What’s an advanced practice provider?

Now more than ever, we have come to see the importance that healthcare professionals play in our lives. Health professionals are involved in the study, diagnosis, treatment, and prevention of illness, injury, and disease, as well as other physical and mental impairments within the populations they serve. Through the promotion of health and the use of preventive and curative medicine, these professionals are essential to improving health outcomes. Here are the groups of healthcare professionals who fall under the umbrella of “advanced practice providers.”

Physician Assistants

Physician Assistants (PAs) are medical professionals that can perform many duties including physical examinations, the diagnosis and treatment of illnesses, ordering lab tests, interpretation of lab tests, assisting with surgical procedures, performing procedures, performing hospital rounds, prescribing medication, and patient education. Often, they’re a patient’s main healthcare provider. Currently, PAs can practice in every state and in every medical setting and specialty, where they can greatly improve access to healthcare and improve the overall quality of the healthcare being provided. 

A study done in 2020 estimated that the number of PA graduates from 265 programs numbered approximately 10,000 and it was estimated that about 200 entered a postgraduate program in 2020.  With its increasing popularity, there are now approximately 113,990 PAs in the United States of America.  Additionally, according to rankings of the 100 Best Jobs in America and Best Healthcare Jobs by U. S. News and World Report in 2021, Physician’s Assistant holds the number 1 spot based on factors such as growth potential, work-life balance, the ability to positively impact lives, job availability, the sense of independence, and salary. These factors continue to make it an in-demand career. Plus, according to the Bureau of Labor Statistics, job offers for PAs will rise by 37% by the end of 2026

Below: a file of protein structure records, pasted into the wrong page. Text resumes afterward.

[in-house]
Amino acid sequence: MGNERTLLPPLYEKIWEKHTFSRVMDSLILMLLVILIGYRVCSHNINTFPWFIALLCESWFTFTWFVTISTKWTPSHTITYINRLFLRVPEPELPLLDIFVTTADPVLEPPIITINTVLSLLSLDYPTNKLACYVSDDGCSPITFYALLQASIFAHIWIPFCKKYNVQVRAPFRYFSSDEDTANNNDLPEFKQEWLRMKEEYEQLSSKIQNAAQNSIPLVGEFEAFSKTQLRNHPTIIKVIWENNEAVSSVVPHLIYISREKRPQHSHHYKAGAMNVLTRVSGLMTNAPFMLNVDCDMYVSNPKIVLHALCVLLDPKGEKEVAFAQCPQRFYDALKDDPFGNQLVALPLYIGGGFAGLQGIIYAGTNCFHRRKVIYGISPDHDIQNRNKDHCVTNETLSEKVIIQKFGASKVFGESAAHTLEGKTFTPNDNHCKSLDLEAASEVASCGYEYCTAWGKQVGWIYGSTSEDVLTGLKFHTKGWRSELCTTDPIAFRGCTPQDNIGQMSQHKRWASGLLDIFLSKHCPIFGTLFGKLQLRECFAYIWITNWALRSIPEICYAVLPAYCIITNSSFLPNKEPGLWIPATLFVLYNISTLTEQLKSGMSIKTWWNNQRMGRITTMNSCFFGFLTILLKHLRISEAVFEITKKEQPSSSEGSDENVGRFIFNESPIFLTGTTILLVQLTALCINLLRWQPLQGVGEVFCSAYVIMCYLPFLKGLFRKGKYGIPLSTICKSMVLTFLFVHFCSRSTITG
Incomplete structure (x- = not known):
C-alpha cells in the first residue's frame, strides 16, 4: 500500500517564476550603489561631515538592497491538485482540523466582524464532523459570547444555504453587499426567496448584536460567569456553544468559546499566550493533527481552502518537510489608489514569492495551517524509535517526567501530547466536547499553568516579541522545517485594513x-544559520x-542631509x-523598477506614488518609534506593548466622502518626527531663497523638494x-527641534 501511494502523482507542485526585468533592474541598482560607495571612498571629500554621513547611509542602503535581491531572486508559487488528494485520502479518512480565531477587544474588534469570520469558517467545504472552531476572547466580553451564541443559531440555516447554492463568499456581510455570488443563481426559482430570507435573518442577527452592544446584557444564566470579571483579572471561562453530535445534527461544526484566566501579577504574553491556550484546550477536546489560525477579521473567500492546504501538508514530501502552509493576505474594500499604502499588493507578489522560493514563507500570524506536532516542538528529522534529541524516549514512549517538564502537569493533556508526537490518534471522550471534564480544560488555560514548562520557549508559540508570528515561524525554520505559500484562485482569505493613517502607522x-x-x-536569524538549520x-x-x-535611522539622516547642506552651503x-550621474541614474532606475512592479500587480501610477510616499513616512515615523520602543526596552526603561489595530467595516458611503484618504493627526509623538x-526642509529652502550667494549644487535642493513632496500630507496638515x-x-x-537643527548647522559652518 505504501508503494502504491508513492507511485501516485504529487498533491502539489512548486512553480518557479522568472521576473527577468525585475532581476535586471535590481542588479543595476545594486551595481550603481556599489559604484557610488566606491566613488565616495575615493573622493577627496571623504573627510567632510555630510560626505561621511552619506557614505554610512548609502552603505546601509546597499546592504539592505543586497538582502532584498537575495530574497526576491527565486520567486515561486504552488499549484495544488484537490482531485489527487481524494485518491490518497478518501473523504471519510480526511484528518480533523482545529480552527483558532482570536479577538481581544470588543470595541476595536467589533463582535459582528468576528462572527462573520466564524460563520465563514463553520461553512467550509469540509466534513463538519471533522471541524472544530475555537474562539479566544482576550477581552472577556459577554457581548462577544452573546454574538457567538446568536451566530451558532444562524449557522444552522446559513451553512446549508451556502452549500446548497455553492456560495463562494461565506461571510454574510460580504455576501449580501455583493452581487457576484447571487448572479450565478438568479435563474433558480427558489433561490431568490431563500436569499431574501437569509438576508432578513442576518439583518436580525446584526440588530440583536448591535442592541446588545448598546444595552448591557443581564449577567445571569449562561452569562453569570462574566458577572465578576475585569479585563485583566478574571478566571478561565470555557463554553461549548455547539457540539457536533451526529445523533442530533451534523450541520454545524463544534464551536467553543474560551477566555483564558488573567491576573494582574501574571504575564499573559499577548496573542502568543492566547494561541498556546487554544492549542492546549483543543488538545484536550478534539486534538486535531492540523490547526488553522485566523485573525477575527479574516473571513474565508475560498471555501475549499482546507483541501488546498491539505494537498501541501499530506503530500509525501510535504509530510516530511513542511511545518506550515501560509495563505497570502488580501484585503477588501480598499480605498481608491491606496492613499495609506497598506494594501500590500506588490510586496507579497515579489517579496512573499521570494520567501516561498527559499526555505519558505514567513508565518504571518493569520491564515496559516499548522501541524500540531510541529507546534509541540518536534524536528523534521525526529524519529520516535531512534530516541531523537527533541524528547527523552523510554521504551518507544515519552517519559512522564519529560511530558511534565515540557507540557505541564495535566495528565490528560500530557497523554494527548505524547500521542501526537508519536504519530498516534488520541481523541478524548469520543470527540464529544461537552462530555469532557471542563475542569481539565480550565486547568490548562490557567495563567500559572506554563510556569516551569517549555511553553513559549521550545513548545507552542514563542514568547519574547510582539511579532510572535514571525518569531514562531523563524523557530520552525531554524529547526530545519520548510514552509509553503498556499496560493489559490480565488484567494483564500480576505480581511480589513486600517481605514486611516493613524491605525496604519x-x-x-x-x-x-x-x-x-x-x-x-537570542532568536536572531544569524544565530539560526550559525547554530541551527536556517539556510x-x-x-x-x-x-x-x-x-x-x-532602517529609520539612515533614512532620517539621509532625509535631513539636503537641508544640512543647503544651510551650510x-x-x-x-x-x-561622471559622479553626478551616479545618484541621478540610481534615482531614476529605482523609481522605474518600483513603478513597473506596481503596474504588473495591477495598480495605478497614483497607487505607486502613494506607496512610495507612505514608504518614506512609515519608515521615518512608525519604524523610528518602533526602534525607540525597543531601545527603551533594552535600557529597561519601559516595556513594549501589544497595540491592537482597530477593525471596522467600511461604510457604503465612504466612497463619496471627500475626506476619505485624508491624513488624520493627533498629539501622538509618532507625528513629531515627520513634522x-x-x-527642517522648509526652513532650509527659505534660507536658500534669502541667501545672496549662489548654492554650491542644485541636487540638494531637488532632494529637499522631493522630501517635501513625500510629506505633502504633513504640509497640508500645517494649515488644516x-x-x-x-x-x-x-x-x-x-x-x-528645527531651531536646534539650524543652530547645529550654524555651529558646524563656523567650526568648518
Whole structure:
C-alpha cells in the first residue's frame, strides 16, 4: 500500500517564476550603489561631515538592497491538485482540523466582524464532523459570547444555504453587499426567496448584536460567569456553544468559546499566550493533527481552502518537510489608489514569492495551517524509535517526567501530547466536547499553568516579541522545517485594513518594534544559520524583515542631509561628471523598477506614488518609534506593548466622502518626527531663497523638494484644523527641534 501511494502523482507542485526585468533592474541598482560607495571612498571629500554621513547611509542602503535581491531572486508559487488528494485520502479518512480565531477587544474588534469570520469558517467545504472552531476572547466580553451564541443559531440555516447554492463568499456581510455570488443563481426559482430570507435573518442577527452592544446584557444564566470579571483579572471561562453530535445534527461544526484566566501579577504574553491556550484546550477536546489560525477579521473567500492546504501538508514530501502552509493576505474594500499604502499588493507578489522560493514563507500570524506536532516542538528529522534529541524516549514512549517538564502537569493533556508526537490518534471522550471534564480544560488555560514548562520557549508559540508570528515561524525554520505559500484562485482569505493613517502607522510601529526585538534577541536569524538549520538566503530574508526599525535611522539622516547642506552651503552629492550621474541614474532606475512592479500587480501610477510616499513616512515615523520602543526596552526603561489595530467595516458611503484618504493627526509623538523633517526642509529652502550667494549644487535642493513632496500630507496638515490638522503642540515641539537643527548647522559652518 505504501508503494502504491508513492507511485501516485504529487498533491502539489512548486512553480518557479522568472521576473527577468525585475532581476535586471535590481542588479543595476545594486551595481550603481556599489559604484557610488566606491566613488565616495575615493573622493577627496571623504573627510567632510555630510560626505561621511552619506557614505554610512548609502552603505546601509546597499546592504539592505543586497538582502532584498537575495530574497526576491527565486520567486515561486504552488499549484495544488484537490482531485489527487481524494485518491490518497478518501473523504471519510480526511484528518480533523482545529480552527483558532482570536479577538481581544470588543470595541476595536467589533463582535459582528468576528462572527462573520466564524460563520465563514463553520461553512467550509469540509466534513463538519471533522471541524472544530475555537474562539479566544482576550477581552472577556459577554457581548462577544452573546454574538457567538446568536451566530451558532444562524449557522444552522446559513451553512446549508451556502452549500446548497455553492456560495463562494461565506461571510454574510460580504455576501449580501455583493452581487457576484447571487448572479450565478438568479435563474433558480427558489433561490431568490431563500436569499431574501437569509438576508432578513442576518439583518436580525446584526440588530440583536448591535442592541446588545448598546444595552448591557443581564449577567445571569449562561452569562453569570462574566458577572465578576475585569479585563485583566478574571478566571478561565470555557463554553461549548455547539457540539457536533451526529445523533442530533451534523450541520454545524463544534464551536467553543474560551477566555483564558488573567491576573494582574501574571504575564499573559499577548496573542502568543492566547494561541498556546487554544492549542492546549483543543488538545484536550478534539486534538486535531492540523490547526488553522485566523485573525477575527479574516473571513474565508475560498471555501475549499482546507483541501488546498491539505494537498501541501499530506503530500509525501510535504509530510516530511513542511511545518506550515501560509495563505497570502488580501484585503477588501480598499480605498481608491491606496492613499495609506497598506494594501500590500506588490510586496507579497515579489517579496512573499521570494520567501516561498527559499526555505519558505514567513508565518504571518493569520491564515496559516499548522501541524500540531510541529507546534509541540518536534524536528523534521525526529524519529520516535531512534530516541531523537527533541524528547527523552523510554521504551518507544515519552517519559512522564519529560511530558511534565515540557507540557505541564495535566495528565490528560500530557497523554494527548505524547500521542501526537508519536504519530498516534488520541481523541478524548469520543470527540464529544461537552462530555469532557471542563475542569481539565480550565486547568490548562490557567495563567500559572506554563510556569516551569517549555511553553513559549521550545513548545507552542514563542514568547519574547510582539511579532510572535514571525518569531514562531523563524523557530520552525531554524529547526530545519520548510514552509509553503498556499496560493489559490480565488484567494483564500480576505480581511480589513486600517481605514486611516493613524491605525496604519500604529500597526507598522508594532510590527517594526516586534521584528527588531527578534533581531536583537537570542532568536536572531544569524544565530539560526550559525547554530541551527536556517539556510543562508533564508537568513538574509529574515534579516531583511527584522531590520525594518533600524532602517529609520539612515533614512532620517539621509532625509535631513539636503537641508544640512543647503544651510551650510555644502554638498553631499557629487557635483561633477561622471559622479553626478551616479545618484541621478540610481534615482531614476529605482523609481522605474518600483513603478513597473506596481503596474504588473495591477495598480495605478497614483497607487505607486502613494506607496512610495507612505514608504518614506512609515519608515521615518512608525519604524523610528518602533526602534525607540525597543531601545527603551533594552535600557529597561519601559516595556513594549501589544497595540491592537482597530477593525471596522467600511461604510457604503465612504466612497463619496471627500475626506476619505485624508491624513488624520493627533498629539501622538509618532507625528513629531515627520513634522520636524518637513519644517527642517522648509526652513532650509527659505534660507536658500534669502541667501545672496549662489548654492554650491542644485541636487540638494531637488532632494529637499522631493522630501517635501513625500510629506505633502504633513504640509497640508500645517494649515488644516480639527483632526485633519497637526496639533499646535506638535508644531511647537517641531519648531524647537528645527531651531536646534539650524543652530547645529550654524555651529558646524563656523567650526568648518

Advanced Registered Nurse Practitioners

An Advanced Registered Nurse Practitioner (ARNP) is a registered nurse who completes a graduate-level educational program (at least a master’s degree in addition to initial nursing education and licensing required for all registered nurses). An ARNP can be given primary responsibility for patient care. ARNPs can treat and diagnose illnesses, give advice on public health issues, and help with the management of chronic diseases. 

There are currently four advanced practice nursing specialties, which include: Nurse Midwife (CNM), Nurse Practitioner (NP), Clinical Nurse Specialist (CNS), or Nurse Anesthetist (CRNA). Within these categories, providers can specialize in specific patient areas such as mental health, pediatrics, gerontology, nephrology, women’s health, neonatology, oncology, emergency medicine, or family medicine. According to the Bureau of Labor Statistics, APRNs can expect job growth of 45% through 2029. 

As populations age and there is increased demand for highly skilled health care, APRNs will continue to be in demand. Though the number of graduating APRNs in 2021 is not known, the number of licensed nurse practitioners in 2021 surpassed 325,000.

As such, the scope for Physician Assistants and Advanced Registered Nurse Practitioners is growing and it is expected to continue for some time to come. With benefits such as salary, independence, and the in-demand nature of the job, perhaps it is worth your time considering these as career options.